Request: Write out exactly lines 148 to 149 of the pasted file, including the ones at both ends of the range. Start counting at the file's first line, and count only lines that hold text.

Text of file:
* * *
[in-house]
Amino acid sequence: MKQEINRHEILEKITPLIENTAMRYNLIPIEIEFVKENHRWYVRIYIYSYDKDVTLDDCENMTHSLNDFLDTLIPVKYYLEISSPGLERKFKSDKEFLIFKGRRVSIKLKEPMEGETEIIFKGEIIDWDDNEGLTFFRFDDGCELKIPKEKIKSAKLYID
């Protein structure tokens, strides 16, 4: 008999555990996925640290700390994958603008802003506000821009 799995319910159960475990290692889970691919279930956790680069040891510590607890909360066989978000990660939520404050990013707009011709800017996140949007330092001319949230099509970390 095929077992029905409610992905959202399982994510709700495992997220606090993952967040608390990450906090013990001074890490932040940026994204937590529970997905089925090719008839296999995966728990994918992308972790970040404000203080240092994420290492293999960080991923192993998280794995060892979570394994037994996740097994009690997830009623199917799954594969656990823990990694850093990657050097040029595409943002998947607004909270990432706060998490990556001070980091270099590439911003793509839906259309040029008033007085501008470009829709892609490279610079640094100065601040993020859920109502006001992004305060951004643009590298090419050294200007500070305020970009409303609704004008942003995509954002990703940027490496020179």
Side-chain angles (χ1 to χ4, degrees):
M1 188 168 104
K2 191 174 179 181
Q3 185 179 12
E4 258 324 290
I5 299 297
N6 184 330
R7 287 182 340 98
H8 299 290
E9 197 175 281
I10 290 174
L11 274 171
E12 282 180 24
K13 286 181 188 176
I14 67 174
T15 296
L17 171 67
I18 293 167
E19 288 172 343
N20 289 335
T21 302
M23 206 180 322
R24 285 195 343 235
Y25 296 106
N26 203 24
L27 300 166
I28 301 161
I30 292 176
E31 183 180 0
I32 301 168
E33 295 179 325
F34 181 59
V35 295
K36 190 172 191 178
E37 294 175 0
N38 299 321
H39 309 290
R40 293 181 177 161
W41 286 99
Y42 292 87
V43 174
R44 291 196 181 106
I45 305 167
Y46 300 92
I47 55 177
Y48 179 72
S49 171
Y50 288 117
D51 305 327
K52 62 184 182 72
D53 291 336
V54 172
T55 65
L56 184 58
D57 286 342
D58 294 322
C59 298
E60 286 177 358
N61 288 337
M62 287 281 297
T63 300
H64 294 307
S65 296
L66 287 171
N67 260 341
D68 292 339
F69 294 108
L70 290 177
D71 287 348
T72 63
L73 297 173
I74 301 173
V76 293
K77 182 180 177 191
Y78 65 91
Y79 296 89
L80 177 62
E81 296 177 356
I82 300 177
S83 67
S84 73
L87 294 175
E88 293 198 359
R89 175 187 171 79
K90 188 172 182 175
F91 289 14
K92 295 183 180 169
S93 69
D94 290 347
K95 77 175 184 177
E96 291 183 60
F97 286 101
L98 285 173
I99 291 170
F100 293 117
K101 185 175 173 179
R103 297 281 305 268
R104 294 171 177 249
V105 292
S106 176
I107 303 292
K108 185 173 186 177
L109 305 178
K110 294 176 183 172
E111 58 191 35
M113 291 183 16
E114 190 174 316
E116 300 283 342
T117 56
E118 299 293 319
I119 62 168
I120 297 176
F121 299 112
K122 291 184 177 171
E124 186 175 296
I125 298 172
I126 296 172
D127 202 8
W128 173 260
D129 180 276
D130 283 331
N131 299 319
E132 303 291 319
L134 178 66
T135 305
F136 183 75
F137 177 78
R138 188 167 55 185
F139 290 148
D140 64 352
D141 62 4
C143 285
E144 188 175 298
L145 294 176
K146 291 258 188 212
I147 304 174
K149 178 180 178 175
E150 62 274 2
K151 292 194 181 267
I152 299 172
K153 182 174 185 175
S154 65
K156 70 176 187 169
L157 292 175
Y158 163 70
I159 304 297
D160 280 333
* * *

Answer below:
Y158 163 70
I159 304 297